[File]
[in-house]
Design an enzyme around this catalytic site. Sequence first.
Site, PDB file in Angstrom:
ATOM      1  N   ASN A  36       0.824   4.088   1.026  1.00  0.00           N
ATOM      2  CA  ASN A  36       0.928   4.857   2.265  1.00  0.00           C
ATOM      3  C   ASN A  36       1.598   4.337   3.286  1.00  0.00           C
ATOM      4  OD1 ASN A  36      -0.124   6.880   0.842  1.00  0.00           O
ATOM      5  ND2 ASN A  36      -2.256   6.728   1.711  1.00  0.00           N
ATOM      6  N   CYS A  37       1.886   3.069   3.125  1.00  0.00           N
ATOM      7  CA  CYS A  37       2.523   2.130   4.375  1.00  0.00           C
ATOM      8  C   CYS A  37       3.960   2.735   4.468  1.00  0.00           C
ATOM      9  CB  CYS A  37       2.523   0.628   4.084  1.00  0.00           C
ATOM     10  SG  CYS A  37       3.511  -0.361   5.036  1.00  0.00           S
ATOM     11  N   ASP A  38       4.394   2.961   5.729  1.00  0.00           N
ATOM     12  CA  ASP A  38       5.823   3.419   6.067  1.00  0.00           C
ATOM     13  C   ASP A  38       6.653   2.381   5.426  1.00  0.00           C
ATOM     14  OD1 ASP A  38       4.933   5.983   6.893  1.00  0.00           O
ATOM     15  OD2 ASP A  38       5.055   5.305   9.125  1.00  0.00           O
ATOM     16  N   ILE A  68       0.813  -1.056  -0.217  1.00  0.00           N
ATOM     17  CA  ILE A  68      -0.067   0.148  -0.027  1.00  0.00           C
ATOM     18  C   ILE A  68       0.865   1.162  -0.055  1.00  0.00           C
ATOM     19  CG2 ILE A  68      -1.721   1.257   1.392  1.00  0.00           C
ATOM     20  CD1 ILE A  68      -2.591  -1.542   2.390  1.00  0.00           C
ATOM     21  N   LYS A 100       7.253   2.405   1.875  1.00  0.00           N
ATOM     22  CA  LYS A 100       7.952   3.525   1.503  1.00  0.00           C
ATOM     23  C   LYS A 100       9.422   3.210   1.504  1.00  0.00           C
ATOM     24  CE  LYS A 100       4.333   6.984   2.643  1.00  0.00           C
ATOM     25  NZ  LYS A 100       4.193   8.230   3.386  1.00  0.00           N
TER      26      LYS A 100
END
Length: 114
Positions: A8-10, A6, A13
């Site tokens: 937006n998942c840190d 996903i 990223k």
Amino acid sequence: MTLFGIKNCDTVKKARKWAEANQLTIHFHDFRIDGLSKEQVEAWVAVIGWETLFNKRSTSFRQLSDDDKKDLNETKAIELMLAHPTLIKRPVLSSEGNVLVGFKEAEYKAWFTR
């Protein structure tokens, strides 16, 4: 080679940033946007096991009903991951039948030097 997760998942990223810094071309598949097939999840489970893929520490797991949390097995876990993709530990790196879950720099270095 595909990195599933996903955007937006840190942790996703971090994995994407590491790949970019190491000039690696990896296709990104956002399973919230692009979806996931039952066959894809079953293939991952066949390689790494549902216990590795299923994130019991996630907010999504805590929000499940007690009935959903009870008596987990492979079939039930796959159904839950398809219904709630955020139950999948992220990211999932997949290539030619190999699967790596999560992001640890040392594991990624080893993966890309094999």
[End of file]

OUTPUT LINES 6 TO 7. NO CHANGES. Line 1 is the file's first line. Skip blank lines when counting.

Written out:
ATOM      3  C   ASN A  36       1.598   4.337   3.286  1.00  0.00           C
ATOM      4  OD1 ASN A  36      -0.124   6.880   0.842  1.00  0.00           O